Last revised October 1, 2003

Land van Saeftinghe (thanks to Frank Duerinck, Dendermonde, Belgium):

Ligging: Oost Zeeuwsch-Vlaanderen, langs de Westerschelde.

Oppervlakte: ruim 3.000 hectare.

Het Land van Saeftinghe was in de late Middeleeuwen een gebied van welvarende polders, waarin verschilende dorpen lagen. Het gebied bereikte zijn grootste omvang omstreeks 1350. Als gevolg van de ligging op de punt waar Honte en Schelde samenvloeien, was de streek bijzonder kwetsbaar voor stormvloeden.

Vooral in de veertiende en zestiende eeuw ging er grote stukken land verloren. ook de militaire innudaties speelden hierbij een rol, omdat Saeftinghe op een in de Tachtjarige Oorlog strategisch belangrijk punt lag.

Saeftinghe was a great piece of wetland in the 12th Century with much marsh (swamp, morass) around the mouth of the River Schelde in the Netherlands, at least until people from that time on began to build dikes and gradually "win dry land from the river/sea". So the landscape changed, farmers came and exploited this land , villages and churches were built.

The economy had two main resources: salt (for preserving food; before it had to come from the Mediterranean sea !) and "darinck", that is peat or "turf", for fuel (no growing trees there). It made me think, that because many names have origins in professions, you could say that a son of a farmer digging turf was called a "darinckx" . Maybe that's the reason for the traditional family story: that the Duerinckx thought their ancesters were turf-farmers called "darinck" and the name changed over generations into "ue". I am not a linguist and have no idea if an "a" was pronounced as an "u". For me it's a mystery.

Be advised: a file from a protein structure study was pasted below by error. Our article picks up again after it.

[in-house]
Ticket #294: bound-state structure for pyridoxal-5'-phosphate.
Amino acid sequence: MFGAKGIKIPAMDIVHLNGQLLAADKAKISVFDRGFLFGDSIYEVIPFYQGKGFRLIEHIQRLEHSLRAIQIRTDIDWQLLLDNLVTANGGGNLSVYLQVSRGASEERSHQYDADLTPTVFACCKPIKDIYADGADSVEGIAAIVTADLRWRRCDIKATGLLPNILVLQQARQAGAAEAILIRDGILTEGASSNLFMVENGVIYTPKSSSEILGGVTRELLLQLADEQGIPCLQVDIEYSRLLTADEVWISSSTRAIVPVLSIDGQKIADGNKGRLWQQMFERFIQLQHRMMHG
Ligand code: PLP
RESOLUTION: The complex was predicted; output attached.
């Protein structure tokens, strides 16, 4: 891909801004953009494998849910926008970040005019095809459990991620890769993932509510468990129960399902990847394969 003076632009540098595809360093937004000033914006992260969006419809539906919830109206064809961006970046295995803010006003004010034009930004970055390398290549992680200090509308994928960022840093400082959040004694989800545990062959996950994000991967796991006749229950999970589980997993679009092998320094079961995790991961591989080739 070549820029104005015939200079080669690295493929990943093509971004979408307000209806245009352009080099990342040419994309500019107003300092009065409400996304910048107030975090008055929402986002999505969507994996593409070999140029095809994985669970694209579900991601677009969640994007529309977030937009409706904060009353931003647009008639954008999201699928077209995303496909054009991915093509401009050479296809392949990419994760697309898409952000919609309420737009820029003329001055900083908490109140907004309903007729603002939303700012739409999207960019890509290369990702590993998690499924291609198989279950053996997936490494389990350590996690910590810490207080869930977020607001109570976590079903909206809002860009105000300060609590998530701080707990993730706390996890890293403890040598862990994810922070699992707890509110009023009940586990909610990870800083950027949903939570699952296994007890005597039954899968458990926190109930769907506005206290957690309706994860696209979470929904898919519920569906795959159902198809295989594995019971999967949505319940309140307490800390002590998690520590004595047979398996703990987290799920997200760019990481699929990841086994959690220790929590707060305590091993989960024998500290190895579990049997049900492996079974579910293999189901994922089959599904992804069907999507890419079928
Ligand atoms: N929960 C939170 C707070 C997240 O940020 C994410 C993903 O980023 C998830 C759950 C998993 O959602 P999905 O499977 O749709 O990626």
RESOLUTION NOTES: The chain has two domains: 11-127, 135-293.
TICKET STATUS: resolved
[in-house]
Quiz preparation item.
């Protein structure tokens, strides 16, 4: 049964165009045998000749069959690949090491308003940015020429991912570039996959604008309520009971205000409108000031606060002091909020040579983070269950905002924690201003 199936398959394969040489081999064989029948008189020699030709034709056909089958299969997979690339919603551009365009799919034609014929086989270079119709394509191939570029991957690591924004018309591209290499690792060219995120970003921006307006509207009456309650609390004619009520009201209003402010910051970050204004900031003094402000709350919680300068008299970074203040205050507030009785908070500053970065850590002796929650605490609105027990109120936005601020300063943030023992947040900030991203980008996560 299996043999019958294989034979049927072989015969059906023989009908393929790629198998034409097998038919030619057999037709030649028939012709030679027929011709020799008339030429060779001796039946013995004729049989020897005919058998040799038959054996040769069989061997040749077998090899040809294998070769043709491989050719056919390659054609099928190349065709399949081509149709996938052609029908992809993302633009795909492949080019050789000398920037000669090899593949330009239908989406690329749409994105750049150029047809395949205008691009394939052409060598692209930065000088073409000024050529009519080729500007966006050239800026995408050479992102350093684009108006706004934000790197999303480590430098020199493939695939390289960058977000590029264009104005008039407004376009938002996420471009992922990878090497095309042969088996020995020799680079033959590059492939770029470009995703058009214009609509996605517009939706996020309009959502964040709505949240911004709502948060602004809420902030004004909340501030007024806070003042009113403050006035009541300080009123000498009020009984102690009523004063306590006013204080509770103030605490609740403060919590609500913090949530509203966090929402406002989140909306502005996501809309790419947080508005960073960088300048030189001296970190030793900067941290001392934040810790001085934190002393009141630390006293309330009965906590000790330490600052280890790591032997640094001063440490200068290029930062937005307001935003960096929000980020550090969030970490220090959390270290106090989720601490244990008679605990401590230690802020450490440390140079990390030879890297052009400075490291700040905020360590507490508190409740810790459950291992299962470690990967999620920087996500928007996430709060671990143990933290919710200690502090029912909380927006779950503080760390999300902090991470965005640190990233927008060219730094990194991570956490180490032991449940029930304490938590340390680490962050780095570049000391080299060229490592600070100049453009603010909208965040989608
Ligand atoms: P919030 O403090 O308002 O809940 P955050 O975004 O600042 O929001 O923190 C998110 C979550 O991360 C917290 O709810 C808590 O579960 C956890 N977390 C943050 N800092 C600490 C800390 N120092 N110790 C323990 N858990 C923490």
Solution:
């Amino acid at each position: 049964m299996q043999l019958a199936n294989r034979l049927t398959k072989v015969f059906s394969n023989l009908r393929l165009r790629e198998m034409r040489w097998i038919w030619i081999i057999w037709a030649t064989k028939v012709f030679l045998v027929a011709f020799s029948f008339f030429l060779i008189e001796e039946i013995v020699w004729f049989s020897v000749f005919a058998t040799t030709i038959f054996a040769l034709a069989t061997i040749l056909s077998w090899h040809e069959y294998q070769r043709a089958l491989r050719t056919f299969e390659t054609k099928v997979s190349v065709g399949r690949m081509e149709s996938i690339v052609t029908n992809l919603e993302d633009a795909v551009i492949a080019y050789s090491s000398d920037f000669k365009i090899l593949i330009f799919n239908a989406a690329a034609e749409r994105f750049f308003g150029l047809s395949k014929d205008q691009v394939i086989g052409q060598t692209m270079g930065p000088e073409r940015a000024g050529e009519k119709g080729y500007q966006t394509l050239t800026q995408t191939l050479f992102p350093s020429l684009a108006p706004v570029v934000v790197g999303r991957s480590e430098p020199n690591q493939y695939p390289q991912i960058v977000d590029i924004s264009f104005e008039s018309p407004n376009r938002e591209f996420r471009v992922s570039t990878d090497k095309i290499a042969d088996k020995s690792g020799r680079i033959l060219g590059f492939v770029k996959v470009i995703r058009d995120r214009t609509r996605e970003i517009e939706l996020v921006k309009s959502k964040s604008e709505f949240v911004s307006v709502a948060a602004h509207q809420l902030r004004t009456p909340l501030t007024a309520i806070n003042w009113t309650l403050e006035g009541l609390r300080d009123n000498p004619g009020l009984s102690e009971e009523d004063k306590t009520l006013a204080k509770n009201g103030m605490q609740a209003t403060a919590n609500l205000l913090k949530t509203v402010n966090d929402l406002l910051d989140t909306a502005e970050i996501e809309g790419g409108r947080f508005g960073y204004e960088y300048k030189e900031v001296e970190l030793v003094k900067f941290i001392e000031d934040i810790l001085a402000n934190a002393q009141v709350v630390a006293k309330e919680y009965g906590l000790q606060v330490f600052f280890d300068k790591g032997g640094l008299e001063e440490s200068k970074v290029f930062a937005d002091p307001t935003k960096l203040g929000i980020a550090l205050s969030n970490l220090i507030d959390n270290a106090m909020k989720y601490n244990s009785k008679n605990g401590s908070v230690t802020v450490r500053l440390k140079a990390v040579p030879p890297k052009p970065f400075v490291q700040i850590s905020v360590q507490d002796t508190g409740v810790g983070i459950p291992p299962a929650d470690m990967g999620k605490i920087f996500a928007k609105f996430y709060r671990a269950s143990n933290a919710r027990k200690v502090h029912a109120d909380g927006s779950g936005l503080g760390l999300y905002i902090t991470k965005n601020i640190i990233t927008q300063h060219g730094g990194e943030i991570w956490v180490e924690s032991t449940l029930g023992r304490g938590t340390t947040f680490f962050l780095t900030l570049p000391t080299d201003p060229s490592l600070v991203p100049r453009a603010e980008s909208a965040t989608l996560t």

Saeftinghe was one of the largest villages, with a castle and two churches. People were very rich, and the legend says that God punished them with overflows for chasing out the poor with sticks. But history tells differently. In the 16th Century it was already a very strategic place for a toll-house (shippers had to pay to "use" the river). The Spanish wanted to conquer Antwerp during the "religious wars" on the continent. To prevent them and to save Antwerp, the old and renewed dikes were demolished. That resulted in the biggest overflow (flood) ever, in the years 1584-85: the whole country "Land van Waas" was overflown and Saeftinge was destroyed forever. Today, the place is a nature-reserve: 30 million square meters, all blubber and grass, sheep and many birds. It is obvious that many inhabitants moved out before the overflow and they had to go deeper into the country, following the River Schelde. And indeed, those are the places where some of our clans our found: Temse, Dendermonde, Antwerp... (Puivelde is not very far from Hulst-Clinge in NL).

Voor nadere informatie kunt u zich wenden tot:
Bezoekerscentrum Saeftinghe
Emmaweg 4
4568 PW Nieuw-Namen
Tel. 0114 - 633110
Fax. 0114 - 633111


Snyder's Saeftinghe Page

WV Saeftinghe Page

Educatie Schelde Estuarium Project



"Het Verdronken Land van Saeftinghe" by G.M.P. Sponselee en M.A. Buise edited in 1979 by Grafische Industrie J. Duerinck-Krachten b.v. , 4587 CA Kloosterzande (NL)



Copyright © 1997-2003 Kevin F. Duerinck